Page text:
Chris Adamson on the App economy [via Dan Counsell's weekly email]:

People won’t pay for apps. Therefore, the value of an app is typically zero. However, they will pay for stuff behind apps, for what the app will do for them, or let them do, what it will show them, or let them show their ideas and works to others.

“Fixing” the App Store, saying that Apple needs better curation or promotion of apps, is like “fixing” Yahoo! [of the] the browsable collection of websites that Filo and Yang put together in their Stanford dorm room. It’s premised on a model and a value proposition that doesn’t exist anymore.

Much wrong. Many fix.

First, if you read earlier this week, I think Pieter Omvlee was right. The Apple App Store is a dollar store.. Many indie developers don't want to sell there.

Stop saying it's broken. If you don't have a dollar app, forget the App Store storefront.

What I added to Omvlee's talk is that even those who don't want to sell in App Store storefront still want to be in the warehouse. You have to be if you want to sell inventory.

That is, here are the things the Apple App Warehouse does not do for you, if you don't have a dollar store app:

  • Sell your app.

Here's what the Apple App Warehouse does do for you:

  • Gives you a URL for downloads.
  • Tracks downloads
  • Allows you to use affiliate links to get 7 of the 30% cut Apple takes back when you sell yourself!
  • Handles updates
  • Handles most security issues on the terminal (local device... you know, the phone)

etc etc.

You're really asking for Apple to open another app store

That's really all anyone's asking for when they say, "The App Store's broken." What they mean is that, "The current store is broken for me," which is to say, "The current store isn't where I want to sell."

For now, that means you have to make your own store on the web. That stinks, but would you really pay 7% of your gross to Apple to create a better store? Maybe. Maybe. If you knew you'd be featured, sure, but just because they make "Apple App Store Pro" or "Apple App Store Curated" doesn't mean you'll be in the window.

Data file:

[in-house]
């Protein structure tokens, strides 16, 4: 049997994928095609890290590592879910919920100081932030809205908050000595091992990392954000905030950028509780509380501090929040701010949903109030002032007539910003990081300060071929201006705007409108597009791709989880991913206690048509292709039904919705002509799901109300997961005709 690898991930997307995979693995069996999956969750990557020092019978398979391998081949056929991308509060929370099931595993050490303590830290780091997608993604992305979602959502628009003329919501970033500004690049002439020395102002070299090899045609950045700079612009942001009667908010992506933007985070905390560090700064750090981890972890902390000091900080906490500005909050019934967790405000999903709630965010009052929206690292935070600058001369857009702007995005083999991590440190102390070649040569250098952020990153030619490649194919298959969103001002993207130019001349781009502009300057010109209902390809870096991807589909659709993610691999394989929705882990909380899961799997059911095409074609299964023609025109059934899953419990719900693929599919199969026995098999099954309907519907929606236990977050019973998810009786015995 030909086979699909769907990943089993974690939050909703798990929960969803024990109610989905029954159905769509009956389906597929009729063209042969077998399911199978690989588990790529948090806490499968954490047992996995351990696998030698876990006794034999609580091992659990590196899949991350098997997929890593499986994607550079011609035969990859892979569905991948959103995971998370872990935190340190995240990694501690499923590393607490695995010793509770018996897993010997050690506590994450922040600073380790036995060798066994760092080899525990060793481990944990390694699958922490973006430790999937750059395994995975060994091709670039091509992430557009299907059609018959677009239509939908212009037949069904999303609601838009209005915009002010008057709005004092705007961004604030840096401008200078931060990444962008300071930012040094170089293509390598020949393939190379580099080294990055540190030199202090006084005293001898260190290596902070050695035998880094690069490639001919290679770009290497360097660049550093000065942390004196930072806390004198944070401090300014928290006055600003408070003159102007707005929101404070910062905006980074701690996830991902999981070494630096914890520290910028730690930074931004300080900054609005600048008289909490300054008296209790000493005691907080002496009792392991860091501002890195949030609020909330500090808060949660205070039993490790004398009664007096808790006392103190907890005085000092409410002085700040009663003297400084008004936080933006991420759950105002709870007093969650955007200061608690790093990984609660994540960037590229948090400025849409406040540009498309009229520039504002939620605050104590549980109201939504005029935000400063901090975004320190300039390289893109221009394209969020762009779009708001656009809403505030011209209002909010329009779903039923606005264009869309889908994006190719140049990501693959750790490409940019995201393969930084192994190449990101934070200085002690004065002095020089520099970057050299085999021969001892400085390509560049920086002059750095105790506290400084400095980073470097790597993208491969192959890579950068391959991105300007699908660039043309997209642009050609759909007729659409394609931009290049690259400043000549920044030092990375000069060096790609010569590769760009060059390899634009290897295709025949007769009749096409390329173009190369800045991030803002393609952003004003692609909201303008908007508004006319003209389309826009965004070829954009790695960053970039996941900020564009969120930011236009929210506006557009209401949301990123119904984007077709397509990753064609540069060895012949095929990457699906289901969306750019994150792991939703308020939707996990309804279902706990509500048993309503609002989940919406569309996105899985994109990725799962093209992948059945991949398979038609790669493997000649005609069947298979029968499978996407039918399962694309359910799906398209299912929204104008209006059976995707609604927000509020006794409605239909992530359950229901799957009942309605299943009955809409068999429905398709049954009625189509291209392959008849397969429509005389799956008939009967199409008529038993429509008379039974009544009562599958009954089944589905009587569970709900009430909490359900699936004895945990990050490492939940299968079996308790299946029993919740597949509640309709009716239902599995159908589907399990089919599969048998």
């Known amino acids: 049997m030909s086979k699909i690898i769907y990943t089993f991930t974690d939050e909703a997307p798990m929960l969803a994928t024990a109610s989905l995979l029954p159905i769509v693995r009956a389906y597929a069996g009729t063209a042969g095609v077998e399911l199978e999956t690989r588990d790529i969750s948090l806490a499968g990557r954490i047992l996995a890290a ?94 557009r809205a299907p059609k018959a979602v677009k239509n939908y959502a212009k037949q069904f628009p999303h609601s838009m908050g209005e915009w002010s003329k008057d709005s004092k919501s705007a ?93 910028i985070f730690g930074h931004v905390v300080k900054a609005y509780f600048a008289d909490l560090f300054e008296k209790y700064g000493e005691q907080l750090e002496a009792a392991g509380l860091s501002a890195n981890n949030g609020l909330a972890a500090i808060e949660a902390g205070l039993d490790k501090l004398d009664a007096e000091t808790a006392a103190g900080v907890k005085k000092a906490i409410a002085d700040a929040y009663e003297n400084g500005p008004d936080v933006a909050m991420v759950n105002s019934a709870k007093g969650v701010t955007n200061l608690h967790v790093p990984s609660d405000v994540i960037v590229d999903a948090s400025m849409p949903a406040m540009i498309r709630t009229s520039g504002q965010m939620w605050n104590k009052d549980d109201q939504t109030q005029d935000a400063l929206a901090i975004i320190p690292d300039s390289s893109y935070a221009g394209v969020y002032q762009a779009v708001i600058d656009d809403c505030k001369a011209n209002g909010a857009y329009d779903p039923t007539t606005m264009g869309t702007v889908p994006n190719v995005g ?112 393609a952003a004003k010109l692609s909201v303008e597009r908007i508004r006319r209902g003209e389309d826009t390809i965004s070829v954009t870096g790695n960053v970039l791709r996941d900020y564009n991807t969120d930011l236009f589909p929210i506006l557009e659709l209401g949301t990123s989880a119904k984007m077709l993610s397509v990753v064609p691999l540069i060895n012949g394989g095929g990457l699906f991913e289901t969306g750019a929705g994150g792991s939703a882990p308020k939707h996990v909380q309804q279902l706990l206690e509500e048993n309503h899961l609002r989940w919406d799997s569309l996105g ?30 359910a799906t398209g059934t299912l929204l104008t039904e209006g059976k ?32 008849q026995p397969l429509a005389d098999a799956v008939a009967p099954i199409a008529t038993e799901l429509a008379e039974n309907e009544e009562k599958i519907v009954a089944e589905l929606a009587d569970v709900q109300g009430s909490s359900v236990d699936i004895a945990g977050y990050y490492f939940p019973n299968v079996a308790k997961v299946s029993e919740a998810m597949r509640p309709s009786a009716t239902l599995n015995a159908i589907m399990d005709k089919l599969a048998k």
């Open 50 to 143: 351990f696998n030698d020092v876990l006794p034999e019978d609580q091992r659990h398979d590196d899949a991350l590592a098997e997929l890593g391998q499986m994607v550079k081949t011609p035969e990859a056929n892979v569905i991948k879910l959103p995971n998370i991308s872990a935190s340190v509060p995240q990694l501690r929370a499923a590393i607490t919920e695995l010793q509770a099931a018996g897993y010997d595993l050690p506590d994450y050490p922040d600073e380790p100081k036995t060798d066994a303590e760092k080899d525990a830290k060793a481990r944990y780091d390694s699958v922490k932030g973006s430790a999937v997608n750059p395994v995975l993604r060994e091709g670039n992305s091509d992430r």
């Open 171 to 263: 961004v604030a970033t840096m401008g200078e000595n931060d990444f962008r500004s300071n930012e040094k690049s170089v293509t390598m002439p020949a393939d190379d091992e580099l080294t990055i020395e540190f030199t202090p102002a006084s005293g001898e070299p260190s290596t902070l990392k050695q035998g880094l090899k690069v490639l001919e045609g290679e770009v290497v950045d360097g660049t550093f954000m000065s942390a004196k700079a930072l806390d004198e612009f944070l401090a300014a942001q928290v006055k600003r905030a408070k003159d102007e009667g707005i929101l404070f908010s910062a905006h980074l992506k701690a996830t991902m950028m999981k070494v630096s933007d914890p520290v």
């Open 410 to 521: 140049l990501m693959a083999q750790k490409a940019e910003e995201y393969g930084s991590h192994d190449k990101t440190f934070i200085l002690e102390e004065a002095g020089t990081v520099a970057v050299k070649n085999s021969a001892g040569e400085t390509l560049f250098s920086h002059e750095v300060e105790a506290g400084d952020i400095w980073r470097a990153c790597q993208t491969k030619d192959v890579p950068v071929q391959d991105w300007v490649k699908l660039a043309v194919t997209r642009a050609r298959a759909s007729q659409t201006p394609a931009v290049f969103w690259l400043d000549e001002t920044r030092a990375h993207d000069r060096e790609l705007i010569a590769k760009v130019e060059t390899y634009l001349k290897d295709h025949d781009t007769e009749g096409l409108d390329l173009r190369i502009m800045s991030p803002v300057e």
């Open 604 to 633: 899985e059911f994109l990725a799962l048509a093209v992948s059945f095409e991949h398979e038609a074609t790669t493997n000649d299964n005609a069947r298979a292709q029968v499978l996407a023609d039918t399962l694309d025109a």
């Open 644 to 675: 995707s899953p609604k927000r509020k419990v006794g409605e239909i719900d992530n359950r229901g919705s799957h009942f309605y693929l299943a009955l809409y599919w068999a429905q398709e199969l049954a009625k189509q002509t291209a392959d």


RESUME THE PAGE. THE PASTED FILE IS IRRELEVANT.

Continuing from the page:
Take that extra 7%, put it aside for marketing, and sell like mad.

That said, Adamson has some interesting points. First, on why the Store is sufficient for Apple now:

You know that big check that Tim Cook will show in a keynote, like how Apple has paid developers $20 billion as of 2014? That pales compared to the value of all the companies whose existence is predicated on being a mobile app. A billion for Instagram here, a billion for Waze there, it all adds up. Facebook’s $19 billion acquisition of WhatsApp nearly matches the Tim Cook check all by itself.

I'd stopped listening to the Accidental Tech Podcast (ATP) after they took on Cards Against Humanity as a sponsor -- that game really is evil. It's, as I've said elsewhere, the I Ching (which is not evil) of hate speech (which is) -- but this was interesting too:

And yes, again, there are exceptions, but consider: Marco has admitted on the last two ATPs that his patronage model for Overcast is only barely viable (and he’s starting from a stronger position than most of us), and my friend Curtis stands to make about $20K/yr on his terrific Slopes app, something he sets aside about a third of the year to work on. These are the success stories. Care to speculate what the median is like?

I've been realistically bearish on indies in the App Store for a while:

(That last is a little clickbaity, sure, but only in its simplisticness. It could be a lot less.)

At the same time, I'd want to reframe the conversation a little, like I did when talking about attacks Jared Sinclair got for his Unread numbers.

Stop thinking about working as an independent app developer as something that should pay you something comporable to a 9-to-5er cubicle coder. You could make a lot more as a banker than as tax return dude with a shingle, but you chose the latter. It's a different field.

Stop seeing $20k for one app over a year (really $25k, apparently) as failure. See it as Curtis Herbert does...

My goal with this experiment wasn't just revenue, it was sustainable revenue.

Apps are investments. You sell these investments from the Apple Dollar Store or from your own storefront, your choice. They're delivered from Apple's App Warehouse. You create and maintain enough investments, and you might rival a consultant for salary.

That's the profession you choose. Enjoy your time. That's its best perk of all.

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